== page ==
Western Women Asian Men

Oh how times have changed among the cross-cultural dating and marriage scene! Tracy delves into some of the different points from women and men’s perspectives on eastern-western relationships.

Decades ago, Western women in China did not have much choice in dating as it was unusual for them to be seen with Chinese men. There were very few couples made up of female expats and Chinese men. In recent years however, AMWF (Asian male Western female) or WWAM (Western women Asian men), have become increasingly more common and drawn public attention. Blogs created by expat women talking about cross-cultural relationships have sprouted throughout the country. Headlines about successful and sometimes eccentric Western-Eastern marriages seem to draw in the masses; even books dedicated to “dating Asian men” are appearing more and more often on the shelves.

Led by a bunch of open-minded Western women, a small but steadily growing AMWF community has formed online. They exchange experiences and thoughts about love, family and cross-cultural relationships via blogs, forums and WeChat groups. For example, initiated by American writer Jocelyn Eikenburg who had married her Chinese husband, WWAM Bam is a website to help AMWF couples navigate cultural differences and “weed through the racism and stereotypes about Asian men and culture.” Over the years, the website has featured and shared hundreds of Eastern-Western couples and their stories.

The younger generation is more open to the idea of dating someone of a different culture. They like the independence of Western women and their ideals

One outspoken WWAM activist is Jo Bai, an African-American woman who has lived in China for over a decade and is married to a Chinese man. Her marriage is legendary within the community. Her husband is gorgeous and muscular with a vivid dragon tattoo on his chest and arm—quite a contradictory image to a “typical” Chinese man. On the night they first met, she literally just grabbed him out of the crowd and pulled him to her table with her friends in a club, because apparently “no man was no fun.” It turned out that her husband was an orphan and a former gangster who turned into a good guy. Does this make you believe in love again?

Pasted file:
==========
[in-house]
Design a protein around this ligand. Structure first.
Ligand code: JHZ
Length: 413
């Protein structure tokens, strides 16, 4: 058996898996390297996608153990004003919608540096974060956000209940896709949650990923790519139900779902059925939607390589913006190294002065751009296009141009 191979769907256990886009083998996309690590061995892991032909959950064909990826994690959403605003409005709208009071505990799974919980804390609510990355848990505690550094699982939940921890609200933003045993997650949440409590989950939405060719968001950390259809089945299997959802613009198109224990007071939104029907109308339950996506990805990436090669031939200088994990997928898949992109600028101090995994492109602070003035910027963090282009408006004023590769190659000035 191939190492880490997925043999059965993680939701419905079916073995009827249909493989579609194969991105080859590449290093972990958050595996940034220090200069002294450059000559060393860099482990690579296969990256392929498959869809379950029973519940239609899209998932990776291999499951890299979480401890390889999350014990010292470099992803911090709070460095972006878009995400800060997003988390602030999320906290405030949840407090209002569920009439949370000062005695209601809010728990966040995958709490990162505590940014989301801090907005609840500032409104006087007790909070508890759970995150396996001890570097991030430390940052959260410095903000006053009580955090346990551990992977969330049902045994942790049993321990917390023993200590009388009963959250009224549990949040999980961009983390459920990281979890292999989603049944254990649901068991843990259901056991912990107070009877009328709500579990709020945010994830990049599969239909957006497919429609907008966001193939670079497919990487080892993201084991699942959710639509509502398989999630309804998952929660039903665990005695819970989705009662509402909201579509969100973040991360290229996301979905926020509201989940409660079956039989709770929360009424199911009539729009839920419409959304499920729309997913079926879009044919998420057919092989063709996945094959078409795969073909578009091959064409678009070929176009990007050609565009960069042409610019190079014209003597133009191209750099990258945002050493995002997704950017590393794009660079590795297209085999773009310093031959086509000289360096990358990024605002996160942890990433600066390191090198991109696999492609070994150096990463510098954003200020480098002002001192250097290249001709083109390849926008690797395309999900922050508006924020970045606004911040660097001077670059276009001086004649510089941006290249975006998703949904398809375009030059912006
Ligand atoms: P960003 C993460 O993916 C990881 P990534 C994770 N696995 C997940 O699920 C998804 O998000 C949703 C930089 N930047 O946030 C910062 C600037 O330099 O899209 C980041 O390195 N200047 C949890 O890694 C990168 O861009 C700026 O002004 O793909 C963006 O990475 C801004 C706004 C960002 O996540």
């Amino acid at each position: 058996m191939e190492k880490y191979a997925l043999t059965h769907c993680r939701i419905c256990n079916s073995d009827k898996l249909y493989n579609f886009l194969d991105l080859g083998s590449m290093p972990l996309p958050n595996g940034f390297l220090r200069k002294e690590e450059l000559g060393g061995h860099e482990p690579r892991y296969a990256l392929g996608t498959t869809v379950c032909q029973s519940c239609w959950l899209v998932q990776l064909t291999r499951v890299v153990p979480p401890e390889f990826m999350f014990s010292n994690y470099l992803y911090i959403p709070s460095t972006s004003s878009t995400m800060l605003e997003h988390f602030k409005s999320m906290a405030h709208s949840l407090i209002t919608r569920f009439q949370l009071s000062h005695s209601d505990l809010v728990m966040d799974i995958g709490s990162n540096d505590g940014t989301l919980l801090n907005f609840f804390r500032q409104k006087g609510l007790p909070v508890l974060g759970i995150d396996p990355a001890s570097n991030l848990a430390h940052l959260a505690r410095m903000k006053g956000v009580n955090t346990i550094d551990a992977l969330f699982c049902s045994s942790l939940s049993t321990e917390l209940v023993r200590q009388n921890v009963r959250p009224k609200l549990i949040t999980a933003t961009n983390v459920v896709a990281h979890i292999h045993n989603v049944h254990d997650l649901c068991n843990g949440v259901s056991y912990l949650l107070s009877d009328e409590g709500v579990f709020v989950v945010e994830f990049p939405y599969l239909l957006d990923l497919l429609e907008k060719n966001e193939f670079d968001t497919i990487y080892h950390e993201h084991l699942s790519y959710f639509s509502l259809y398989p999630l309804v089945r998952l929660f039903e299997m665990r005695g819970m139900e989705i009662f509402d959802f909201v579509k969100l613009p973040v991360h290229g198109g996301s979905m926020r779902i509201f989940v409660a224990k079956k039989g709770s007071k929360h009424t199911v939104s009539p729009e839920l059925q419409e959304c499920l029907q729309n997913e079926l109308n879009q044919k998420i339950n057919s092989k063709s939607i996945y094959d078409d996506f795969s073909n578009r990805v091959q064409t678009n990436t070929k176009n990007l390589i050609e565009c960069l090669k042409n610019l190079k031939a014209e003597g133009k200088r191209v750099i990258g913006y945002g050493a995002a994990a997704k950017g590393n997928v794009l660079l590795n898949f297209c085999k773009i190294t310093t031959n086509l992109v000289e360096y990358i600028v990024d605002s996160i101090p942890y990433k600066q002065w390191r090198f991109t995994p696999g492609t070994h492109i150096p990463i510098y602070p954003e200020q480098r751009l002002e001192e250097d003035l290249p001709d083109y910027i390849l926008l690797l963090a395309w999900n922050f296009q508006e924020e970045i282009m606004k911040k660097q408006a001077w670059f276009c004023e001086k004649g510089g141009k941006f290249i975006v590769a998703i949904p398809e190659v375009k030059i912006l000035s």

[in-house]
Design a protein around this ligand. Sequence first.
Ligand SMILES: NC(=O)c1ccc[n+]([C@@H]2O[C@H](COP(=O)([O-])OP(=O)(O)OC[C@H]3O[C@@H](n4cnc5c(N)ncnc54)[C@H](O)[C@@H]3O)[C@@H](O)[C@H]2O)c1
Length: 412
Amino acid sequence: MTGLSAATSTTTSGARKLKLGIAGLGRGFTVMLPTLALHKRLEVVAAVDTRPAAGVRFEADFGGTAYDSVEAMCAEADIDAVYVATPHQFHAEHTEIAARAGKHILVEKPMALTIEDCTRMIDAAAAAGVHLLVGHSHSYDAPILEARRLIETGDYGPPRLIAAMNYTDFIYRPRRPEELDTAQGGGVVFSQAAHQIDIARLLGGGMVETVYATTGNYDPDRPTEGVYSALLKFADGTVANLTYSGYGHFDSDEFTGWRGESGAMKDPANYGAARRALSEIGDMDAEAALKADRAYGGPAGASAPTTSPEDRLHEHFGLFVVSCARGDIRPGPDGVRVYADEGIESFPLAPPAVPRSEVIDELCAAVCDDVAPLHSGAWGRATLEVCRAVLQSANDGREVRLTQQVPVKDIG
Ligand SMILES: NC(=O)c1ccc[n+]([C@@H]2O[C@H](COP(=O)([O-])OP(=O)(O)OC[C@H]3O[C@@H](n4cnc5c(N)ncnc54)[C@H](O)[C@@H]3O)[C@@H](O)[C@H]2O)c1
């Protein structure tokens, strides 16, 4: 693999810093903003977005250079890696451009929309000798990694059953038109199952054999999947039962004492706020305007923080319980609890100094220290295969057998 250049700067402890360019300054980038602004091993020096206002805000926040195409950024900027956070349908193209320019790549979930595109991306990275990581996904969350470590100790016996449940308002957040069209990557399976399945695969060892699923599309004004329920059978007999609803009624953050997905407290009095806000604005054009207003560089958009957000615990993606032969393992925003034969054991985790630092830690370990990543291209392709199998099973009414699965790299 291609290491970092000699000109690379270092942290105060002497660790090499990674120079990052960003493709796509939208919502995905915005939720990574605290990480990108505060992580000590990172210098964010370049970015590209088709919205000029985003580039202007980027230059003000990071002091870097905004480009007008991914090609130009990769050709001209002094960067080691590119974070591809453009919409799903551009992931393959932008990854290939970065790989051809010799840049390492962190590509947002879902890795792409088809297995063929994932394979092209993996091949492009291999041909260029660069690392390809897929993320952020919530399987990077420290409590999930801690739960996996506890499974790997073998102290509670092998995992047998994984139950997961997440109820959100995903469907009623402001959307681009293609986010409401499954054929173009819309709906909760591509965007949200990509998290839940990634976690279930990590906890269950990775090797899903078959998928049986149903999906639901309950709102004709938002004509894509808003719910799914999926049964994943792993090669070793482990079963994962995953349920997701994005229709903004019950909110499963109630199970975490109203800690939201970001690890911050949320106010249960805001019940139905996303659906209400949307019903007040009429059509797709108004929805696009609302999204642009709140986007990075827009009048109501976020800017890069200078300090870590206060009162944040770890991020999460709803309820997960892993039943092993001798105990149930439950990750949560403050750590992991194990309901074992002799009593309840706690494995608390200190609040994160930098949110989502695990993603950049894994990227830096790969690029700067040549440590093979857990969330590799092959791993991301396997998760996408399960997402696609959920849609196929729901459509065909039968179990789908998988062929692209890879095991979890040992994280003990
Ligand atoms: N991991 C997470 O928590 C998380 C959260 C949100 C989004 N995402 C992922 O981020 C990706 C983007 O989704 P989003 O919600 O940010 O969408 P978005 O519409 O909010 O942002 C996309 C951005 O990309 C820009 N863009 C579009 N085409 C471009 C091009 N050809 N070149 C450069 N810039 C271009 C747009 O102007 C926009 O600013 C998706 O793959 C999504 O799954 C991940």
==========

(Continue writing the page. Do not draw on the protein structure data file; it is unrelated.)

Another well-known WWAM example is German Esther Haubensack, a China TV star married to a Beijing taxi driver. Esther is best known as the American wife who can speak excellent Cantonese in the popular Cantonese TV series, “Outside Wives, Local Husbands,” which has aired since 2000. She met taxi driver Wang in the early 1990s when she studied in Beijing and was taken all around the city by Wang. In this marriage, Esther is the breadwinner and Wang supports his wife wholeheartedly as the full-time house husband, which is frowned upon by many Chinese men with the traditional mindset on gender roles.

Yet, China is changing and so will the general attitude. “I used to teach high school students and adults here and I can tell the difference, big time,” said Jo. “The younger generation is more open to the idea of dating someone of a different culture. They like the independence of Western women and their ideals. The older generation of men still think it is almost impossible to have a relationship with a Western woman.”

Jo has been running a popular blog named Life Behind the Wall since 2010, where she talks about her life in China. Recently, she’s finalizing her book, Asian Men: An African-American Woman’s Tales of Dating Asian Men and Finding Love. “It’s not really about promoting Chinese men at all. It’s about women feeling that they are limited to who they can date,” she said. “Black women, in particular, feel that they are only attractive to black men or some white men. I am living in China and I meet black women all the time that have trouble dating here. They get lonely and depressed and end up leaving. All because they feel they are not attractive to the men here. So, I am not really promoting Chinese men, I am promoting black-Asian couples.”